Physics-Informed Machine Learning for Tropical Cyclones
Machine learning models can make accurate predictions of weather and climate; however, these data-driven models can also produce physically inconsistent results. Physics-guided machine learning methods seek to enforce analytic constraints, derived from physical knowledge, in these data-driven models. A new collaboration with colleagues at the University of Lausanne is focused on developing a physically-scaled model for tropical cyclone intensity prediction. We are exploring the use of potential intensity theory to scale a tropical cyclone’s intensity by its maximum potential intensity. Our hope is that a scaled tropical cyclone intensity prediction model will produce more robust predictions of tropical cyclone intensity that are generalizable across basins, seasons, and from year to year.
Machine Learning for Tropical Cyclone Structure
Timely information regarding the convective structure of tropical cyclones is a critical part of forecasting, and one source of information that forecasters rely on is passive microwave imagery (PMI) data at 22-, 37-, and 89-GHz. PMI can penetrate through clouds to reveal the internal storm structure. In this imagery, the land appears warm relative to water surfaces and low-level moist air masses act to warm brightness temperatures over water surfaces, while deep convection appears relatively cold due to scattering from ice.
Since PMI provides information regarding the storm structure, it can be used for several hurricane prediction tasks. The first is in the identification of the circulation center, which is a critical step in initiating tropical cyclone advisories. The second is finding the position of the storm in difficult situations, such as during the early development stages and at night. Third, knowing information about the convective structure can provide information regarding the convective rain bands, which can provide intensification information. And finally, it can be used to monitor structural changes, such as eyewall formation and eye replacement cycles. However, one drawback to PMI is that it is obtained from low Earth orbiting satellites, such as AMSR2. Unfortunately, this data comes at the cost of low spatial and temporal resolution, meaning that forecasters could miss important structural changes.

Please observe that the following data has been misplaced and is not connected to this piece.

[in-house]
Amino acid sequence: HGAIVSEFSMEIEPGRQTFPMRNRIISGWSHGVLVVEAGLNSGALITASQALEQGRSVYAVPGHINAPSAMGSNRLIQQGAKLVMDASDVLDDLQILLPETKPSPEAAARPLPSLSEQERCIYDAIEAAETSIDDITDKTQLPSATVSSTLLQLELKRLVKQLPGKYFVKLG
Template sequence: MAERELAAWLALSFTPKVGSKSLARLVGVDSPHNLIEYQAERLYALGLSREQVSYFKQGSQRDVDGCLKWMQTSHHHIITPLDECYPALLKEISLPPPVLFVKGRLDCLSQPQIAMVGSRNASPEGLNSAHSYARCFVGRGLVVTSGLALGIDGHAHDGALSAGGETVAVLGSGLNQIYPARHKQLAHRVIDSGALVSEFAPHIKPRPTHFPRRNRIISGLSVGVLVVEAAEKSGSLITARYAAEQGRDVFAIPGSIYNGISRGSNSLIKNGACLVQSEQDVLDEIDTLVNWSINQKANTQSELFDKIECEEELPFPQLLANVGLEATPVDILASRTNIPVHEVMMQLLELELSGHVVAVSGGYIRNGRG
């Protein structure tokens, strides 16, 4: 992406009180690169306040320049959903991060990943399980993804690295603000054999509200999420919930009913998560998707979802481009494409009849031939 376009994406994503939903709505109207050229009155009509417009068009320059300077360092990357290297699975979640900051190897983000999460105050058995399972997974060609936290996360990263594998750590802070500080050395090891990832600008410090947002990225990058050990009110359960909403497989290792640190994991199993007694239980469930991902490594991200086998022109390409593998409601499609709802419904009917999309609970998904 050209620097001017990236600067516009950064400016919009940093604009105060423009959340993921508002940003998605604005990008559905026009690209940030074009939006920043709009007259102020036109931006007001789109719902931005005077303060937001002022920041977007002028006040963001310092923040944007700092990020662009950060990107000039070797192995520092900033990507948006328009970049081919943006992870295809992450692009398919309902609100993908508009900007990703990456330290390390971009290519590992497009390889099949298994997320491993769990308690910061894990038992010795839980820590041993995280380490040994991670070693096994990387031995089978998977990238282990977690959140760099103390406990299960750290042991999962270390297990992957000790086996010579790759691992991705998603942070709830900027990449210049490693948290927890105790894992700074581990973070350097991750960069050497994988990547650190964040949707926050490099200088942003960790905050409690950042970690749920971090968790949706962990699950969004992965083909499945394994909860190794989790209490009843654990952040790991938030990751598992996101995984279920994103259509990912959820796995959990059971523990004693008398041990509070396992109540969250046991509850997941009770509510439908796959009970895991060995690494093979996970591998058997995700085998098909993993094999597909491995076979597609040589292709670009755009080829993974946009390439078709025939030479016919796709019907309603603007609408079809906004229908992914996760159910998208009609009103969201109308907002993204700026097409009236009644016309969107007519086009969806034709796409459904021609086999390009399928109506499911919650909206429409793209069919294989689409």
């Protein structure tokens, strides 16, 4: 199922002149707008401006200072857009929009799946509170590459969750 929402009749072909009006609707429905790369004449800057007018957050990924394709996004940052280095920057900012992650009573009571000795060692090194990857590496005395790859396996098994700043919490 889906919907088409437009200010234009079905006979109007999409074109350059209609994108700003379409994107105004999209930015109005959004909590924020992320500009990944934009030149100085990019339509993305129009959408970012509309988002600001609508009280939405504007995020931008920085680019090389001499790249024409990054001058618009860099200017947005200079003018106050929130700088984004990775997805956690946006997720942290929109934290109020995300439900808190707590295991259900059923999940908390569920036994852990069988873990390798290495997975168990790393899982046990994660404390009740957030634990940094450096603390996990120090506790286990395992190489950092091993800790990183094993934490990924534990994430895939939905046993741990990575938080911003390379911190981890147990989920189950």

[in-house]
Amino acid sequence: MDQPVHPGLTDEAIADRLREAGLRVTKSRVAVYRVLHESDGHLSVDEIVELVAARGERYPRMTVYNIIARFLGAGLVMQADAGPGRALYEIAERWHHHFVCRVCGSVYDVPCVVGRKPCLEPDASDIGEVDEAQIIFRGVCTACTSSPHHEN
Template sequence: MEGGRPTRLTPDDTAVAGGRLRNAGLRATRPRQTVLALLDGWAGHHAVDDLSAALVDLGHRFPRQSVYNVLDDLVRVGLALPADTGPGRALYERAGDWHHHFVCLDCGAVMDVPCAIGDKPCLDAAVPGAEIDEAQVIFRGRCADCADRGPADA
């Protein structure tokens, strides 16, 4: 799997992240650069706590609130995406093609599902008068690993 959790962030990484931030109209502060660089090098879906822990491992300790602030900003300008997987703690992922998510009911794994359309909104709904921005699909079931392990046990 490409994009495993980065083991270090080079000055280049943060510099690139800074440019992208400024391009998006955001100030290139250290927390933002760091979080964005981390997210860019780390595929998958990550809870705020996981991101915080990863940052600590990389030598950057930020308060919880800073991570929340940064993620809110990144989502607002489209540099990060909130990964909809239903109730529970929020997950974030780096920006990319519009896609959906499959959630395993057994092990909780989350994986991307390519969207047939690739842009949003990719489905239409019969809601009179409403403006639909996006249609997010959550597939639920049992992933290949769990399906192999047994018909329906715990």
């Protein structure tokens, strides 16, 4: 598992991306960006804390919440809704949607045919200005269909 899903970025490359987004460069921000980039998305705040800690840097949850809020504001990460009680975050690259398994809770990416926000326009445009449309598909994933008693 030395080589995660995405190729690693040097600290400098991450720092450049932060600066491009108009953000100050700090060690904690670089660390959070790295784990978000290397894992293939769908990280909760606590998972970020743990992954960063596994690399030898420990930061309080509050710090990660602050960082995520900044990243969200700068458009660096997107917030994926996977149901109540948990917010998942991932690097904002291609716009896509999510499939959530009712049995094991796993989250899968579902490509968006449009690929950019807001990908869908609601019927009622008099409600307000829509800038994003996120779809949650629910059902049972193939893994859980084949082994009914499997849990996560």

In our work, we are using machine learning to generate synthetic PMI from geostationary satellites, which provide high resolution spatial and temporal coverage. Starting with input data from geostationary satellite imagery (including visible, near-IR, and IR data), we feed this data into different ML algorithms to create synthetic imagery. For training data, we are using the Tropical Cyclone Precipitation, Infrared, Microwave, and Environmental Dataset (TC PRIMED), which is a comprehensive 19-year dataset of global TC satellite PMI and coincident geostationary satellite visible and IR imagery (Razin et al., 2022a, 2022b). Currently, we are using random forests (RF), fully-connected neural networks (ANN), and convolutional neural networks (CNN) to create synthetic 89-GHz microwave imagery.
Razin, M.N., C.J. Slocum, J.A. Knaff, P.J. Brown, and M.M. Bell, 2022a: Tropical Cyclone Precipitation, Infrared, Microwave, and Environmental Dataset (TC PRIMED), v1.0, NOAA National Centers for Environmental Information, https://doi.org/10.25921/dmy1-0595.
Razin, M. N., C. J. Slocum, J. A. Knaff, P. J. Brown, and M. M. Bell, 2022: Tropical Cyclone Precipitation, Infrared, Microwave, and Environmental Dataset (TC PRIMED). Bull. Amer. Met. Soc., Early Online Release. https://doi.org/10.1175/BAMS-D-21-0052.1.